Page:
Harmony SST-688 Remote Control
By Ron Goldberg
Intrigue Technologies had scored a series of hits with its Web-enabled, "activity-based" Harmony remote line. For many C-tailers, the Harmony is the poor man's Pronto (which in turn, would be the poor man's Crestron or AMX). This is a bit misleading, as the Harmony can be just as powerful in practice as the Pronto, not to mention simpler to operate, easier for the dealer to program and priced better. The company's latest model, the SST-688, offers convenient DVR control and features a slightly altered form factor, but retains the impressive combination of power and simplicity that has characterized the lineup.
As with the earlier H659, which the new model improves upon, and the earlier SST768, which won a CR Excite Award last year, the SST-688 is configured via a Web-based application (Windows or Mac) and a database of gear and commands located at the Harmony site, which connect to the remote via USB. User "activities" are strings of commands that make up an entertainment session, e.g., "watch TV," "listen to music," etc. While activities can be single-button affairs, the unit can also offer a control interface to the specific devices in the system, and combine component functionalities in the activities.
For example, I set up an activity to play my DVR. All the devices in this activity are correctly switched on and to the correct inputs and preferential settings when the activity is invoked by the remote. But I like to have access to all my components individually while I watch. Sometimes, I switch from widescreen program material to 4x3, and I like to adjust the monitor scaling. For a baseball game, I like to use the stadium mode on my pre-pro, and for a movie, switch to PL II or one of the Neo settings.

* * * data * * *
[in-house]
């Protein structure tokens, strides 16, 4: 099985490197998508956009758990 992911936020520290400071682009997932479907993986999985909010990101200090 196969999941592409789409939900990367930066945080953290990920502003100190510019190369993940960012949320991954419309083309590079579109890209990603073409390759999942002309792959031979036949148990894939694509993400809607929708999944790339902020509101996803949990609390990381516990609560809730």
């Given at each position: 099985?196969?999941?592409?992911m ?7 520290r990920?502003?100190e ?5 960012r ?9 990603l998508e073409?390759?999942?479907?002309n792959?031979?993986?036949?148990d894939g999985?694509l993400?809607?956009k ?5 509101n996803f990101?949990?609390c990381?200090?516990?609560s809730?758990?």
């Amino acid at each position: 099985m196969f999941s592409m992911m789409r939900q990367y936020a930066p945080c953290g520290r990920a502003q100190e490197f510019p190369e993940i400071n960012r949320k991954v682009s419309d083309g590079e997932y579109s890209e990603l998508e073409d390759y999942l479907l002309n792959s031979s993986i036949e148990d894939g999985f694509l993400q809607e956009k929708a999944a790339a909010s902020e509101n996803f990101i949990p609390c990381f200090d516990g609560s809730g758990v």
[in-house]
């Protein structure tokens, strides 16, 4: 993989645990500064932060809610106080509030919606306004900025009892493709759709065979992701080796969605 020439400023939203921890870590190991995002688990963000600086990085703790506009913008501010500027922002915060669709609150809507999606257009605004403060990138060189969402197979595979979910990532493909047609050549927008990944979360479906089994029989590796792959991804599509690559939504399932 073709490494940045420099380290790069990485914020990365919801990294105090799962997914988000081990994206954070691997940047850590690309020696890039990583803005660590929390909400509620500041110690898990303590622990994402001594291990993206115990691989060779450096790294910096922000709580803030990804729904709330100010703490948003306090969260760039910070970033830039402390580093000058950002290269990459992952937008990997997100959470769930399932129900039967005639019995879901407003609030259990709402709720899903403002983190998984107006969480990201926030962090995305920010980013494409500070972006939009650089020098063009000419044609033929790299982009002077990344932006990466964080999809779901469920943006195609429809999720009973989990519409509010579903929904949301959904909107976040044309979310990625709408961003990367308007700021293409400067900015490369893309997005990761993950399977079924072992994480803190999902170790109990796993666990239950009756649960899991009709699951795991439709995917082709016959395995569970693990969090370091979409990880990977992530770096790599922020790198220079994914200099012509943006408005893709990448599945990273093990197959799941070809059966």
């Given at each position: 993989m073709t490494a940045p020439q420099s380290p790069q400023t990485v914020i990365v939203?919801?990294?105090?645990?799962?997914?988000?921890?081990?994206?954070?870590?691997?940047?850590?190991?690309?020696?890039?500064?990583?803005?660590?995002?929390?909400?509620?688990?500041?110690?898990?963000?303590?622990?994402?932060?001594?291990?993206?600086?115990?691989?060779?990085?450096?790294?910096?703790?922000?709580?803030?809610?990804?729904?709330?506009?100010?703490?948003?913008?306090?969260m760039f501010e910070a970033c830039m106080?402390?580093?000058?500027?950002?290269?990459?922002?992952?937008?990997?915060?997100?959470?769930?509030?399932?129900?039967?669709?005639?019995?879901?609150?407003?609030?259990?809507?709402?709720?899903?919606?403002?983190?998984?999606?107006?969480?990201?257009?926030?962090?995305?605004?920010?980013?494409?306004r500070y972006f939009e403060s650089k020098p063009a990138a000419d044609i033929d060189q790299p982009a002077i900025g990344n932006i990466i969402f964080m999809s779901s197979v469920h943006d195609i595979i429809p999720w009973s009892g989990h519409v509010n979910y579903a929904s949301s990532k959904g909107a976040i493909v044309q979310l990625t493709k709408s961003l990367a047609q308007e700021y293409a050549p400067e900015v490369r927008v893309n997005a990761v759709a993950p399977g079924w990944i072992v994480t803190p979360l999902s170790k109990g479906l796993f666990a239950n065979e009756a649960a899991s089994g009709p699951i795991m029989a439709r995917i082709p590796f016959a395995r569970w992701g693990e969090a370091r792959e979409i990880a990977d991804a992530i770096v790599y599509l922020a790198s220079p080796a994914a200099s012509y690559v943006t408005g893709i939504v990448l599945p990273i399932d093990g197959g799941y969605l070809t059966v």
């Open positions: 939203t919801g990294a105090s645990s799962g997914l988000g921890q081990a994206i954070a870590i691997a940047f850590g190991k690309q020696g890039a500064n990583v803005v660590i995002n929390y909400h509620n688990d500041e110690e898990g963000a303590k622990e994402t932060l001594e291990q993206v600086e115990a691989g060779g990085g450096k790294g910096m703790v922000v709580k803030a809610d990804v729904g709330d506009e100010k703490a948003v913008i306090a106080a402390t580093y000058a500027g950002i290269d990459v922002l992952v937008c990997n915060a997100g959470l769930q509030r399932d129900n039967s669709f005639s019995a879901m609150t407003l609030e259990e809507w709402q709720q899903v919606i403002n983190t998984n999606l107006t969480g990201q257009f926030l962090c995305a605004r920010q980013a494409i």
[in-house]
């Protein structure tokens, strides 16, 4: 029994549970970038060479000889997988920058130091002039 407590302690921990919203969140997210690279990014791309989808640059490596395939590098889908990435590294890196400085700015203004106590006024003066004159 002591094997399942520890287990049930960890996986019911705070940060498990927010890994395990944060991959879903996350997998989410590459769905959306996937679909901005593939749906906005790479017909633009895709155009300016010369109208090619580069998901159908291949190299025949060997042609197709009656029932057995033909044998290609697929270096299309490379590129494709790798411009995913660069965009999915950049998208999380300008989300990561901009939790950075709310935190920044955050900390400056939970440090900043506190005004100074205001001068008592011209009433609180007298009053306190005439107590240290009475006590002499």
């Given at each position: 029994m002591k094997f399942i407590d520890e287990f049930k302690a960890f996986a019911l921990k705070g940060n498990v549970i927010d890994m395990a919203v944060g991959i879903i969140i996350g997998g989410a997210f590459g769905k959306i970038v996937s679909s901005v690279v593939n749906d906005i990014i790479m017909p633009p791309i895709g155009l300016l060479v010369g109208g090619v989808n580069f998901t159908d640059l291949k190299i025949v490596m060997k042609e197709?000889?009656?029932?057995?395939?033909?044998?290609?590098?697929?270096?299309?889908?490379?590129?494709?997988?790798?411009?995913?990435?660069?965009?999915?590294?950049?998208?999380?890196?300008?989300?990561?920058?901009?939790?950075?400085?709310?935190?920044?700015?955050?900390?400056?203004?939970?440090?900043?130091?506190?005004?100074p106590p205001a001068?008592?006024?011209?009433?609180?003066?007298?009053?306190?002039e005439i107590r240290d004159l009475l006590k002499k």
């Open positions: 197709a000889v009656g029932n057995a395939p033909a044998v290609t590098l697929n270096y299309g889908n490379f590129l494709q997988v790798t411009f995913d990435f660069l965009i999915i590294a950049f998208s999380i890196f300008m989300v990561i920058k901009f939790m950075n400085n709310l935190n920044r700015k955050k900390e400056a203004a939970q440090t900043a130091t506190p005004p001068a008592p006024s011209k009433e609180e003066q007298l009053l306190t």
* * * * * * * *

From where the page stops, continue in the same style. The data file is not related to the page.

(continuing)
On a typical universal remote, you would have to invoke control over a specific device, make your adjustments, and then switch back to the normal operating mode. On the Harmony, these ancillary picture and sound parameters are entered in during the initial setup, and become resident in the activity. So while I watch my DVR, I can press the "picture" button and change the aspect ratio on the monitor, or press the "sound" button and get instant access to the audio modes on the pre-pro. Up to twelve of these special picture and sound adjustments can be resident per activity. And if that isn't enough control, you can always just press the "device" button, which then acts as the controller for a specific component.